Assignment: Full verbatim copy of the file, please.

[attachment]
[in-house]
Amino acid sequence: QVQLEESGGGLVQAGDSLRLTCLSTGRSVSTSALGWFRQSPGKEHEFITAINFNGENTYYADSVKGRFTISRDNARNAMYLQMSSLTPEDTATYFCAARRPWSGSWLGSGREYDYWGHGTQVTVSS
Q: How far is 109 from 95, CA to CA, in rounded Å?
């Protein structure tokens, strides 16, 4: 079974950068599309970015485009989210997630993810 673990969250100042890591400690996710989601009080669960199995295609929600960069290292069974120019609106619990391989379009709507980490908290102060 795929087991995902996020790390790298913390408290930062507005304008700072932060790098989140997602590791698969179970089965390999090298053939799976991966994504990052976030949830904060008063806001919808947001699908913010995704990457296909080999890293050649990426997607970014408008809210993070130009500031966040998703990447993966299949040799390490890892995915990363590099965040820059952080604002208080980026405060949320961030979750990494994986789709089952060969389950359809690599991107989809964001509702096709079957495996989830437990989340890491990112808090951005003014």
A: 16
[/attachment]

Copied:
[in-house]
Amino acid sequence: QVQLEESGGGLVQAGDSLRLTCLSTGRSVSTSALGWFRQSPGKEHEFITAINFNGENTYYADSVKGRFTISRDNARNAMYLQMSSLTPEDTATYFCAARRPWSGSWLGSGREYDYWGHGTQVTVSS
Q: How far is 109 from 95, CA to CA, in rounded Å?
């Protein structure tokens, strides 16, 4: 079974950068599309970015485009989210997630993810 673990969250100042890591400690996710989601009080669960199995295609929600960069290292069974120019609106619990391989379009709507980490908290102060 795929087991995902996020790390790298913390408290930062507005304008700072932060790098989140997602590791698969179970089965390999090298053939799976991966994504990052976030949830904060008063806001919808947001699908913010995704990457296909080999890293050649990426997607970014408008809210993070130009500031966040998703990447993966299949040799390490890892995915990363590099965040820059952080604002208080980026405060949320961030979750990494994986789709089952060969389950359809690599991107989809964001509702096709079957495996989830437990989340890491990112808090951005003014």
A: 16